Sections 327 to 329 of the Bankruptcy Code concern the retention of professionals providing services for the estate. 11 U.S.C. Secs. 327-29. These provisions clearly are designed to ensure that the Bankruptcy Court carefully oversee such arrangements to prevent dilution of the estate's assets.5 Thus, the court must approve the employment of any professional rendering service to the estate and a professional so employed must not hold or represent any interest adverse to the estate. 11 U.S.C. Sec. 327(a). Jerrel's attorney admits that he never sought the court's approval to represent the estate.


Jerrel is correct that this circuit allows a bankruptcy court to award retroactive fees for services rendered without court approval. See In re THC Financial Corp., 837 F.2d 389, 392 (9th Cir.1988). The court should exercise this discretion to award fees, however, only in "exceptional circumstances where the applicant can show both a satisfactory explanation for the failure to receive prior judicial approval and that he or she has benefited the bankrupt estate in some significant manner." Id. (emphasis added) (upholding district court refusal to award retroactive fees); see also In re Kroeger Properties, 57 B.R. 821 (9th Cir. BAP 1986) ("In the Ninth Circuit, Bankruptcy Courts have power to issue retroactive orders authorizing employment in very limited circumstances.").


Although the bankruptcy court's approval of the Fisher settlement might indicate that Jerrel's attorney's services were beneficial to the estate, Jerrel has not shown that her attorney provided a satisfactory explanation for his failure to seek judicial appointment. Jerrel's attorney in the Fisher settlement also was her counsel in the bankruptcy proceedings. Surely he was aware of those proceedings. His candid admission that he incorrectly failed to list the Fisher claim on the Chapter 13 bankruptcy schedules prior to its settlement does not constitute a satisfactory explanation for his failure to seek appointment. We affirm the denial of attorney's fees.6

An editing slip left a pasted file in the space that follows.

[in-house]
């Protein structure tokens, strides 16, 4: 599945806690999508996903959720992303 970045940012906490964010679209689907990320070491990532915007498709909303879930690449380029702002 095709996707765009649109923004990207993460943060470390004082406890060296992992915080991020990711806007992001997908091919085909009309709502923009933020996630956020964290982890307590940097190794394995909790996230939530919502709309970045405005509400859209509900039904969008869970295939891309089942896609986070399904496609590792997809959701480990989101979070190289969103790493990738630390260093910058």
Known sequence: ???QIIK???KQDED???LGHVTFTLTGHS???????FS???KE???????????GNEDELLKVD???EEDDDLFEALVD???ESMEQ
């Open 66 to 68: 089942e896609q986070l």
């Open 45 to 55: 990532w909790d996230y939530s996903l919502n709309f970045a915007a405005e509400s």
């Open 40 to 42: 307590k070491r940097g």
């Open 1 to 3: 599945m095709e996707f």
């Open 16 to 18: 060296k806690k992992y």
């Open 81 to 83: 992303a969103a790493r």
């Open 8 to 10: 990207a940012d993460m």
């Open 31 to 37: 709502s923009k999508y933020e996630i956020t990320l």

The Trustee argues in his cross-appeal that the bankruptcy court erred in granting a partial exemption for $18,318.49 of the Fisher settlement proceeds that represented medical expenses. We reverse the district court's affirmance of the bankruptcy court's grant of the exemption because the statutory requirements for exemption have not been met.


The Bankruptcy Court relied upon section 25-13-608(1)(e) of the Montana exemption statute which provides an exemption for benefits received for medical expenses "to the extent they are used or will be used for the care." Mont.Code Ann. Sec. 25-13-608(1)(e).7 The Bankruptcy Court made no mention of this limitation in its order affirming the partial exemption. The court, relied upon an inapposite case for the proposition that "[t]he language of section 25-13-608(1)(e) specifically states that [medical benefits] are exempt without limitation." Bankruptcy Court Order dated Feb 20, 1992 at 5 (citing In re Edwards, 8 Mont.B.R. 126 (1990)). Edwards considered the issue whether the exemption was broad enough to apply to insurance benefits. The court's statement that the exemption is available "without limitation," thus refers to the source of the benefits to which the exemption can apply. The statement does not, indeed cannot, remove the requirement that benefits only are exempt if used for medical expenses.